Thirty years is a long time to keep a piece of software alive, but there aren’t many pieces of software like NHL ’94 for the Sega Genesis. Despite new annual iterations of publisher Electronic Arts’ NHL hockey video game some players never connected with it like quite like they did in 1994. For years now it’s been a tradition for members of the NHL ’94 forums to incorporate the hockey league’s current players into the Sega Genesis original, however, the work [Adam] contributed this season goes beyond a mere roster update. This NHL ’24 ROM hack is more like a complete overhaul. Everything that was old is new again. Continue reading “NHL ’24 ROM Hack Reimagines Classic Game, Zamboni And All”
There was a time early in the development of the Super Nintendo (SNES) where the new console was to feature backwards compatibility with NES games. The solution would have required a cumbersome cartridge adapter and a hard switch on every console to flip the CPU into 8-bit mode. Unfortunately, it was not meant to be — outside of the first public demo of the console, little evidence exists to suggest the gamers would have been able to supercharge their old NES carts on their Super Nintendo.
But thanks to the impressive port of Metroid to the SNES by [infidelity], we can imagine what such a capability might have been like. There’s more on offer here than reduced sprite flicker. There are additional frames of animation compared to the original, so now Samus’ arm cannon stays consistent rather than magically switching arms when turning around. A complete save game system from the Famicom Disk System version has also been implemented as well, with the traditional three slots. Although purists can still utilize the password system if they so choose.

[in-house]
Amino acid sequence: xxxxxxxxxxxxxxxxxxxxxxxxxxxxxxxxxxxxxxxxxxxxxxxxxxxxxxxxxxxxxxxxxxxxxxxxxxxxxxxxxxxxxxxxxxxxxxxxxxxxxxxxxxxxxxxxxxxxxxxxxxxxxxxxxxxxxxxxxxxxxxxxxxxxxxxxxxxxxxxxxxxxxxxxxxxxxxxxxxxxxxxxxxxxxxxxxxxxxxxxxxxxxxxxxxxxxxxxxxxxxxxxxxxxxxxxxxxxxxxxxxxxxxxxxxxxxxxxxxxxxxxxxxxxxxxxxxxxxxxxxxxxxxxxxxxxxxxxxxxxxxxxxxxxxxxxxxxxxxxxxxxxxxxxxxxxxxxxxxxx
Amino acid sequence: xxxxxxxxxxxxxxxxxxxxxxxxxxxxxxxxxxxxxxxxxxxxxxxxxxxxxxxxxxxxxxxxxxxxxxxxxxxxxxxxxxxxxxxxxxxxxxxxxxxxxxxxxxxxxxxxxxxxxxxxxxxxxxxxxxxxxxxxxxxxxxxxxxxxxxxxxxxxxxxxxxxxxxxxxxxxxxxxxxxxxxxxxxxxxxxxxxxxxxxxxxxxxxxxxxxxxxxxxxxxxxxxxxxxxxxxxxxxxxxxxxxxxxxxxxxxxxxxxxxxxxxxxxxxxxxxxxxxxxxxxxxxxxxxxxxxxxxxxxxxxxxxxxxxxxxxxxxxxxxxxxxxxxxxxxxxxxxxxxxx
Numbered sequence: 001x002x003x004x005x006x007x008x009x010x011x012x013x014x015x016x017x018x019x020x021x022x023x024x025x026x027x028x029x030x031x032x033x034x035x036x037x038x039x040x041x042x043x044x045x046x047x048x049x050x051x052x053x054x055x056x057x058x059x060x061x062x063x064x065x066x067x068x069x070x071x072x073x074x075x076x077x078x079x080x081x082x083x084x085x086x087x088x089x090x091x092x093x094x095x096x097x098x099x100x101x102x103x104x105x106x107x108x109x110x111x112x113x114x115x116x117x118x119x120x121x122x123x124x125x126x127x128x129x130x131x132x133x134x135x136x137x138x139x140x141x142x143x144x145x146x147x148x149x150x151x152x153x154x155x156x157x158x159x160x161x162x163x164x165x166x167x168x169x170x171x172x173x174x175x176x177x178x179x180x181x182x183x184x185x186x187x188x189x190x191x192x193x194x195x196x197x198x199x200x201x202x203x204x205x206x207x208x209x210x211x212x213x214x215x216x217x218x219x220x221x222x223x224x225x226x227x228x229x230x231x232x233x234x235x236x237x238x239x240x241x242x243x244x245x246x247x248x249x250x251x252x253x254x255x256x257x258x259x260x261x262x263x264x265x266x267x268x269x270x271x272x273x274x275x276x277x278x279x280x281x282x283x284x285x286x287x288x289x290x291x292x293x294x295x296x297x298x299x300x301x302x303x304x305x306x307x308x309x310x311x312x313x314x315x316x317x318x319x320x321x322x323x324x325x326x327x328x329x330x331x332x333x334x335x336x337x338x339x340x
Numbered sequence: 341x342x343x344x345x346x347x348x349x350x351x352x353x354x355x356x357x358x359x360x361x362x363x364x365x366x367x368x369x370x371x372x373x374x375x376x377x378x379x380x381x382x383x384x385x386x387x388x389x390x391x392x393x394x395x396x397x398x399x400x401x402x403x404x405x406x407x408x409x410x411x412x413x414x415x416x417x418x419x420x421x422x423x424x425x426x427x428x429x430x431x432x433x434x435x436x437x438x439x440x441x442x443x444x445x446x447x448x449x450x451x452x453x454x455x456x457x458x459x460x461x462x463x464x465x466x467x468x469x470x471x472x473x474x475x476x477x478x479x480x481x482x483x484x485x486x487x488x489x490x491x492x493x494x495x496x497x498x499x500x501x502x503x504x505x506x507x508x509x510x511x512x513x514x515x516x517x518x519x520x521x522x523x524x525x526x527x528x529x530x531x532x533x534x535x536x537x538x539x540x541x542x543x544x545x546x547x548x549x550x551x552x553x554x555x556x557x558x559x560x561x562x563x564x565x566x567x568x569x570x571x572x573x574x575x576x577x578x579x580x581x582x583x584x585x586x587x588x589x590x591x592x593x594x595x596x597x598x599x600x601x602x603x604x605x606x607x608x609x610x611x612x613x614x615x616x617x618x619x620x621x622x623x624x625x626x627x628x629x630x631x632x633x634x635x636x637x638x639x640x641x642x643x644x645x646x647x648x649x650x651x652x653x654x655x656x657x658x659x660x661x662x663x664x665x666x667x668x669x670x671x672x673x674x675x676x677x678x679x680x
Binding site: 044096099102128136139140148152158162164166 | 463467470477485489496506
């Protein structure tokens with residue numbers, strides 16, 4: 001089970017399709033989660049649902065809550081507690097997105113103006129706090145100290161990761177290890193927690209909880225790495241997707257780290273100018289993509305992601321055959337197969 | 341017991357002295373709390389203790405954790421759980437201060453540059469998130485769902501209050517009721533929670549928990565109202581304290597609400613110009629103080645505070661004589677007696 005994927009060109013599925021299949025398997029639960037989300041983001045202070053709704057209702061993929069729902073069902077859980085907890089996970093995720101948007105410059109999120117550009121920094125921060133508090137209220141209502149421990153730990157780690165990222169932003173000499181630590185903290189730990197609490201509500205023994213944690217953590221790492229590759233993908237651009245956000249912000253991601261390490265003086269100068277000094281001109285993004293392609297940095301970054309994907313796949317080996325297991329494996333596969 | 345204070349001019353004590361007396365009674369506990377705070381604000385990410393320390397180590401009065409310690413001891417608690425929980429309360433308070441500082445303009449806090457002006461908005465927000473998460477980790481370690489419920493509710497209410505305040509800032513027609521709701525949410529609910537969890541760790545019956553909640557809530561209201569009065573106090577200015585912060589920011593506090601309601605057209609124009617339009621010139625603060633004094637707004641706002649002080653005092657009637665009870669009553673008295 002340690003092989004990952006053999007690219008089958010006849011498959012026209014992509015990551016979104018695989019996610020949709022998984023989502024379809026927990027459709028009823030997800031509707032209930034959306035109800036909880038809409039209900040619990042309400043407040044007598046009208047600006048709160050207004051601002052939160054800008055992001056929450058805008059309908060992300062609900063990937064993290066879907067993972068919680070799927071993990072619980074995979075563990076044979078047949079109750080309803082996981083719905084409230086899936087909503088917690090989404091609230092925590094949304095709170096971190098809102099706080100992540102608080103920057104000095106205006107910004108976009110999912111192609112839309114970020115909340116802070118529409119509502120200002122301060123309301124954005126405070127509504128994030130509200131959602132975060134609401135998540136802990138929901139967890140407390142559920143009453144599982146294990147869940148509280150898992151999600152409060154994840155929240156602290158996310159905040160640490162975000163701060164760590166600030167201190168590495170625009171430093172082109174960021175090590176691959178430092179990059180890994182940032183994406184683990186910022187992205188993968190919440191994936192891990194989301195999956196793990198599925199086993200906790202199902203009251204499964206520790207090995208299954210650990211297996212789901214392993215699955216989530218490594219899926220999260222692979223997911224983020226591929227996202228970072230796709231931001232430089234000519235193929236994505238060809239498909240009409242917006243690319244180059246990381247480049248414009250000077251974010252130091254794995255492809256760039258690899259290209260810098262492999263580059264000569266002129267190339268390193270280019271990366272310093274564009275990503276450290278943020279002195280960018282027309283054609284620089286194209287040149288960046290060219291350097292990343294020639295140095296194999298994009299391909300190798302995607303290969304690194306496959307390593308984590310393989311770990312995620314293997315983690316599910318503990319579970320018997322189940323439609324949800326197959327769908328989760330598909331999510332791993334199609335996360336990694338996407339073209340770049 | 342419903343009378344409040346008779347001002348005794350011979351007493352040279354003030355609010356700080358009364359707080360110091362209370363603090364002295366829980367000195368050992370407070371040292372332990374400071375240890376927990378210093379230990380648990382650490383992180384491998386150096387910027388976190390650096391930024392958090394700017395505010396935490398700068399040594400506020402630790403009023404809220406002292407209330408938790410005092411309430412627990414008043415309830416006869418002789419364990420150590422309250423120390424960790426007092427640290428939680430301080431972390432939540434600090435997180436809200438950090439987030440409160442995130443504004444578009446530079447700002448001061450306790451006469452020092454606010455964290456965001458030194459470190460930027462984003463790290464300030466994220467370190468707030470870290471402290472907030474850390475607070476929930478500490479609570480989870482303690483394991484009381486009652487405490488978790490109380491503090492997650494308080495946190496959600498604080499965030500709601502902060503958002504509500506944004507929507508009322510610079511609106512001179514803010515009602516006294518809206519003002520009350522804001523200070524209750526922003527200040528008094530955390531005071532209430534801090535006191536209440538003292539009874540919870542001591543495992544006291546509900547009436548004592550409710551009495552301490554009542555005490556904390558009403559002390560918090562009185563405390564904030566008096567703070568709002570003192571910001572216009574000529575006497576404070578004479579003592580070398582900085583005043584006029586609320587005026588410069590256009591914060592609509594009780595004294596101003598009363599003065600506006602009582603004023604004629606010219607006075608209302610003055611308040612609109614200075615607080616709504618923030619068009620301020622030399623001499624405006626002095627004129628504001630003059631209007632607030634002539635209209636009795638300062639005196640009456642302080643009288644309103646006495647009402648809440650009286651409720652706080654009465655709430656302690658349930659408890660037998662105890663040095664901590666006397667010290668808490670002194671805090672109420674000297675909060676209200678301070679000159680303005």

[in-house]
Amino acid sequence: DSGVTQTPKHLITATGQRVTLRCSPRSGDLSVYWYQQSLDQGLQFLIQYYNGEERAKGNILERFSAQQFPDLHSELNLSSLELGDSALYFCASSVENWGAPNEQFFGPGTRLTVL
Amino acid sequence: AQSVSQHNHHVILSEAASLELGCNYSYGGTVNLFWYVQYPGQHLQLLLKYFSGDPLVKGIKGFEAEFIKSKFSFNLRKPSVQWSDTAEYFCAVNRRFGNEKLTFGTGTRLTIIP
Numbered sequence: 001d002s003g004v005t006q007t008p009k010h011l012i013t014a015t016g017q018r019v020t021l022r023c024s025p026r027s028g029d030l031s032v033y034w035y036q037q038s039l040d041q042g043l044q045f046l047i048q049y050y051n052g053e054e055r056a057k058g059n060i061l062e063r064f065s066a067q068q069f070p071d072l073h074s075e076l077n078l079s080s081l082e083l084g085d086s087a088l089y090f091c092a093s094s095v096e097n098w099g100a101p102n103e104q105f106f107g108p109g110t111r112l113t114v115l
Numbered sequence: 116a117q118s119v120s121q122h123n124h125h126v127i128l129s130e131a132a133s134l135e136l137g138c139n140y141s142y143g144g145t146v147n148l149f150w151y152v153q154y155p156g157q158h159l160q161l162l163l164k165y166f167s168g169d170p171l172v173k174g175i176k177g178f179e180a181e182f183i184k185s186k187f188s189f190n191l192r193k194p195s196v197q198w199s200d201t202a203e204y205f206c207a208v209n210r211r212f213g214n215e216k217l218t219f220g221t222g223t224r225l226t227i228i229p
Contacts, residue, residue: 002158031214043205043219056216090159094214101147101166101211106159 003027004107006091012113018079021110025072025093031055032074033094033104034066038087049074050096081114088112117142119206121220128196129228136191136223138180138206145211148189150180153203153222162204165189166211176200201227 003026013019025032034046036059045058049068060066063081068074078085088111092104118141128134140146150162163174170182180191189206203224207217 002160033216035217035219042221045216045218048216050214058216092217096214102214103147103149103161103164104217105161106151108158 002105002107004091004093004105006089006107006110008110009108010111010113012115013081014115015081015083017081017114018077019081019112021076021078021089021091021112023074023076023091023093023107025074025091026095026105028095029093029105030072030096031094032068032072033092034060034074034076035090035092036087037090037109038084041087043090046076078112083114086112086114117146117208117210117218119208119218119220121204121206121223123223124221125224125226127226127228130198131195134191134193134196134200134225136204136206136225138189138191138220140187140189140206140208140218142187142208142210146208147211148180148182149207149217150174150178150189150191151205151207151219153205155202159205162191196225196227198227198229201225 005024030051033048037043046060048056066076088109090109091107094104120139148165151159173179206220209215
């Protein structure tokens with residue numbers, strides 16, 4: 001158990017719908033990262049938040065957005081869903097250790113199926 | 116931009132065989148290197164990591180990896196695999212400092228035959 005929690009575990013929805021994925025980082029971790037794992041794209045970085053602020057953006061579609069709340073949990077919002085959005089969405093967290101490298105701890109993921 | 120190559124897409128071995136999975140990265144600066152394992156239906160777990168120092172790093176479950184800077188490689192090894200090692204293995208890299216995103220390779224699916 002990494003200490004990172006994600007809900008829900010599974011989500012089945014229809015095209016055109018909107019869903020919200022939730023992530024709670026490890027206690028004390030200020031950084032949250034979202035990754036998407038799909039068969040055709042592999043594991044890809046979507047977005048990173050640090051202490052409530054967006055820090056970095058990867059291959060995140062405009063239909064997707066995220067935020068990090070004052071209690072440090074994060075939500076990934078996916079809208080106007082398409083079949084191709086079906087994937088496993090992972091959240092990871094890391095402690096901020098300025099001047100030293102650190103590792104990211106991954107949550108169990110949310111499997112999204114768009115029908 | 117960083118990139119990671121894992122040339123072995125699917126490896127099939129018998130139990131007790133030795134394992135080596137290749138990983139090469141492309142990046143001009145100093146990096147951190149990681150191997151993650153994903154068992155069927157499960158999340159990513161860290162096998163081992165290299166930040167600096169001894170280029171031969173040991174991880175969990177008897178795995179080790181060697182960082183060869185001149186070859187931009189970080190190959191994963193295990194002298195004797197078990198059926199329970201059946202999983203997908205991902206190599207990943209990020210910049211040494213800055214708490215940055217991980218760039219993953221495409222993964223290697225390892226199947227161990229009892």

Ultimately the most impressive inclusion of [infidelity]’s work is the MSU-1 enhancement chip implementation. Fun video intro sequences lead into the main menu where players can select the accompanying soundtrack. There’s the original 8-bit music remapped onto the SNES sound chip, the expanded 8-bit version from the Famicom Disk System, the reimagined sound of Metroid Zero Mission, or a full orchestral score. It really is the sort of situation where there are no wrong answers.
While you’re here, check out this post about bringing Poke’mon ROM hacks into physical cartridge form.
It’s weird to think that an abacus would have still been used sixty years ago, or so posits the documentary series The Computer and the Mind of Man. This six part series originally aired on San Francisco local television station KQED in 1962, a time where few people outside of academia had even stood next to such a device.
Episode 3 titled “The Universal Machine” was dedicated to teaching the public how a computer can enhance every type of business provided humans can sufficiently describe it in coded logic. Though mainly filtered through IBM’s perspective as the company was responsible for funding the set of films; learning how experts of the time contextualized the computer’s potential was illuminating.
Learning to play an instrument takes a certain level of dedication — and you can add another layer of dedication on top of that when it’s an instrument not found at your local Guitar Center. But it’s an entirely new level of dedication when someone crafts the instrument from scratch. If you’re looking for an example, check out this custom wooden zither [Nicolas Bras] built from laser cut parts.